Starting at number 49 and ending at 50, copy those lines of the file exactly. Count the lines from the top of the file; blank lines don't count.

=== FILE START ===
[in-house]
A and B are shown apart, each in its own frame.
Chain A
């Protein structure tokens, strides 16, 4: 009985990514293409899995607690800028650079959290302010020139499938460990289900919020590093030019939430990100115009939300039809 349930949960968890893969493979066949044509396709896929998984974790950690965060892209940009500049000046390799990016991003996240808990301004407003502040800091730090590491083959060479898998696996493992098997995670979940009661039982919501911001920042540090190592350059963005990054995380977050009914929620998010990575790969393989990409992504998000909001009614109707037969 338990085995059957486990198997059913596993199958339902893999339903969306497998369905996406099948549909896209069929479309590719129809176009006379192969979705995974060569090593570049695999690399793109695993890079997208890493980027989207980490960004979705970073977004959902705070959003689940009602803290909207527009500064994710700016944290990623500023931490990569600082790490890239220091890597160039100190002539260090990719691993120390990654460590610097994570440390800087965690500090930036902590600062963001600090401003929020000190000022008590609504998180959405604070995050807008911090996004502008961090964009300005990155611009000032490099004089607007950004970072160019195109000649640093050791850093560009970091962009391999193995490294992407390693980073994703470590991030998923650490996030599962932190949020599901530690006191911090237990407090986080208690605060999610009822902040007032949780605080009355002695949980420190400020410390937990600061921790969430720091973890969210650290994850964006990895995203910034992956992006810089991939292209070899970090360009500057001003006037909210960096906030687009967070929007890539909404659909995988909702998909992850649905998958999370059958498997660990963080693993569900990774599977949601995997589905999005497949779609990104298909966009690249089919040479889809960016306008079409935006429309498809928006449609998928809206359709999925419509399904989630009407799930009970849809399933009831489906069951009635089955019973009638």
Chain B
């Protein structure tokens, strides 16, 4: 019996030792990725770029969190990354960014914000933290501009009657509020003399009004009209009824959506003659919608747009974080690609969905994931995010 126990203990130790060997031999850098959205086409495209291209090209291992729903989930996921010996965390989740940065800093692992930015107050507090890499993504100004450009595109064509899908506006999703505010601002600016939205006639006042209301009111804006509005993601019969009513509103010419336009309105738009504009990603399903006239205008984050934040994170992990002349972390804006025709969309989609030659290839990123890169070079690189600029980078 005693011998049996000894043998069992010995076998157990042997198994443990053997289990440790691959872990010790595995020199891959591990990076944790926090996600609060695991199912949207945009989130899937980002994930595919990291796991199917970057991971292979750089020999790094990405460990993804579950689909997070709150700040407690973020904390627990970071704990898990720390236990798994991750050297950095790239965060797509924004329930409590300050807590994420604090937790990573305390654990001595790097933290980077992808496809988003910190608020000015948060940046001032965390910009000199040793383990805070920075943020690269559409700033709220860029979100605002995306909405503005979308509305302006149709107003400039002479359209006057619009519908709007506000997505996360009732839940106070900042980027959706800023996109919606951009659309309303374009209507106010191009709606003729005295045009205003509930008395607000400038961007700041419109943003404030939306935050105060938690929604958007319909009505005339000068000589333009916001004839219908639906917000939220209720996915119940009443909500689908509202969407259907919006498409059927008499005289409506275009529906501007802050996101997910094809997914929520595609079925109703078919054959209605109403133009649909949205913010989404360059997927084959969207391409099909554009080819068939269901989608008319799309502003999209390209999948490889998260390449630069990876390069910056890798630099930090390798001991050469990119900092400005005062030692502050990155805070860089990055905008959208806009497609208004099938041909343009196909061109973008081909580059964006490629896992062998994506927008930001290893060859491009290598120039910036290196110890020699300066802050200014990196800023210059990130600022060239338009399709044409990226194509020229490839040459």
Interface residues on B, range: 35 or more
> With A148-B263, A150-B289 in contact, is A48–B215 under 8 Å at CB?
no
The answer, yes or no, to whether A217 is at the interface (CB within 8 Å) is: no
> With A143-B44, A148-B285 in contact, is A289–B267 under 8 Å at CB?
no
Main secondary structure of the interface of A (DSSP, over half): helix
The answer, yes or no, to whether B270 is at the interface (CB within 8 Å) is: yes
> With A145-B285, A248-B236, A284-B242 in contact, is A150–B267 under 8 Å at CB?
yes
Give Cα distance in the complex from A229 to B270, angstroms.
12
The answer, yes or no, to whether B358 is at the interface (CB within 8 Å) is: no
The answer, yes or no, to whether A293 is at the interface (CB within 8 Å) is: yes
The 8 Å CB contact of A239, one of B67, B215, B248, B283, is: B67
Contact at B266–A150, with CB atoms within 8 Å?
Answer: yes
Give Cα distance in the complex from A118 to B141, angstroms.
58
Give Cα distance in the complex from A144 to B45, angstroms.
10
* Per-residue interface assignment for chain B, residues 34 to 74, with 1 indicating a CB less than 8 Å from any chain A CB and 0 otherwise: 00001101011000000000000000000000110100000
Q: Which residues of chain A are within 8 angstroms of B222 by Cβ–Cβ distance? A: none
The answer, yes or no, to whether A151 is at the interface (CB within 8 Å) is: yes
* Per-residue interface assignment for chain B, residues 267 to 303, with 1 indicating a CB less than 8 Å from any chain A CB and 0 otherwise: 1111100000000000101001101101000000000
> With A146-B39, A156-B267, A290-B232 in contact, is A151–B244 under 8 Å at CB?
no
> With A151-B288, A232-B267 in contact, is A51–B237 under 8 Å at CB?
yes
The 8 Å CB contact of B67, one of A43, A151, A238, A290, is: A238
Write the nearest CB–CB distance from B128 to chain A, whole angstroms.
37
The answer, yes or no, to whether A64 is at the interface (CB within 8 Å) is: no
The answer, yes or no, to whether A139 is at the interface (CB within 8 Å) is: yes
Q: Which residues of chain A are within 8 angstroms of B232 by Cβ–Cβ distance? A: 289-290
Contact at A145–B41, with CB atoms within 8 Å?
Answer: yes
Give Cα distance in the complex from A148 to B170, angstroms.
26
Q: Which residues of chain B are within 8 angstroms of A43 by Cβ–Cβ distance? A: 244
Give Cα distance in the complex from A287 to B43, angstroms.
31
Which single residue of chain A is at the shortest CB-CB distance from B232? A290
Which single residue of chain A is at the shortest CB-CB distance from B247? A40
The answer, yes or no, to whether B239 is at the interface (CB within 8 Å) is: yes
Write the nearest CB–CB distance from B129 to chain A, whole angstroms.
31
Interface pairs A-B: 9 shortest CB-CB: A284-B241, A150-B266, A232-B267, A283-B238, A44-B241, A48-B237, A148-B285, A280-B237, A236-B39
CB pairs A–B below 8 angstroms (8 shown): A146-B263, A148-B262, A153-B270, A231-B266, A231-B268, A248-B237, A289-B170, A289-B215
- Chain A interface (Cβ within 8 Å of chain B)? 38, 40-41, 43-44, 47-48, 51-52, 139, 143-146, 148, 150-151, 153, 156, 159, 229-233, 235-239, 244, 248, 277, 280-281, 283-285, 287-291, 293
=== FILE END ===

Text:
Which single residue of chain A is at the shortest CB-CB distance from B232? A290
Which single residue of chain A is at the shortest CB-CB distance from B247? A40